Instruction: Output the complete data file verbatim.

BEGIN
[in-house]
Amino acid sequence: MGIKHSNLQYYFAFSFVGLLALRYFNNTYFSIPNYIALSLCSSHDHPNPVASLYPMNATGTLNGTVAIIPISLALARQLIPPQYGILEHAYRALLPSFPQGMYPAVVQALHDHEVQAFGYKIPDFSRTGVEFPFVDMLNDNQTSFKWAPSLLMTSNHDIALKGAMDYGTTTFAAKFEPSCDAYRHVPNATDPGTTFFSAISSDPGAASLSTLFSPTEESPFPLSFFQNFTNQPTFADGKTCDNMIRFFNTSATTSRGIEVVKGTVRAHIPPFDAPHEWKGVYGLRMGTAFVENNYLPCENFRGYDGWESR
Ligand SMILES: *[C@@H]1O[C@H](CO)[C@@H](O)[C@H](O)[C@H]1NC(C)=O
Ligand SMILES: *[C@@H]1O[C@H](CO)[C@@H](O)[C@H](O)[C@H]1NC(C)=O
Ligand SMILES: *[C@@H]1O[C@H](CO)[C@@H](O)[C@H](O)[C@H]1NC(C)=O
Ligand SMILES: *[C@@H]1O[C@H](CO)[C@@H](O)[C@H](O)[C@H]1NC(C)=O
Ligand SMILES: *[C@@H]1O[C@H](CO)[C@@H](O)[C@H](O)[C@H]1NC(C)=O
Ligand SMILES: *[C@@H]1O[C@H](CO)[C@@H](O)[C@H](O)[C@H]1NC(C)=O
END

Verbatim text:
[in-house]
Amino acid sequence: MGIKHSNLQYYFAFSFVGLLALRYFNNTYFSIPNYIALSLCSSHDHPNPVASLYPMNATGTLNGTVAIIPISLALARQLIPPQYGILEHAYRALLPSFPQGMYPAVVQALHDHEVQAFGYKIPDFSRTGVEFPFVDMLNDNQTSFKWAPSLLMTSNHDIALKGAMDYGTTTFAAKFEPSCDAYRHVPNATDPGTTFFSAISSDPGAASLSTLFSPTEESPFPLSFFQNFTNQPTFADGKTCDNMIRFFNTSATTSRGIEVVKGTVRAHIPPFDAPHEWKGVYGLRMGTAFVENNYLPCENFRGYDGWESR
Ligand SMILES: *[C@@H]1O[C@H](CO)[C@@H](O)[C@H](O)[C@H]1NC(C)=O
Ligand SMILES: *[C@@H]1O[C@H](CO)[C@@H](O)[C@H](O)[C@H]1NC(C)=O
Ligand SMILES: *[C@@H]1O[C@H](CO)[C@@H](O)[C@H](O)[C@H]1NC(C)=O
Ligand SMILES: *[C@@H]1O[C@H](CO)[C@@H](O)[C@H](O)[C@H]1NC(C)=O
Ligand SMILES: *[C@@H]1O[C@H](CO)[C@@H](O)[C@H](O)[C@H]1NC(C)=O
Ligand SMILES: *[C@@H]1O[C@H](CO)[C@@H](O)[C@H](O)[C@H]1NC(C)=O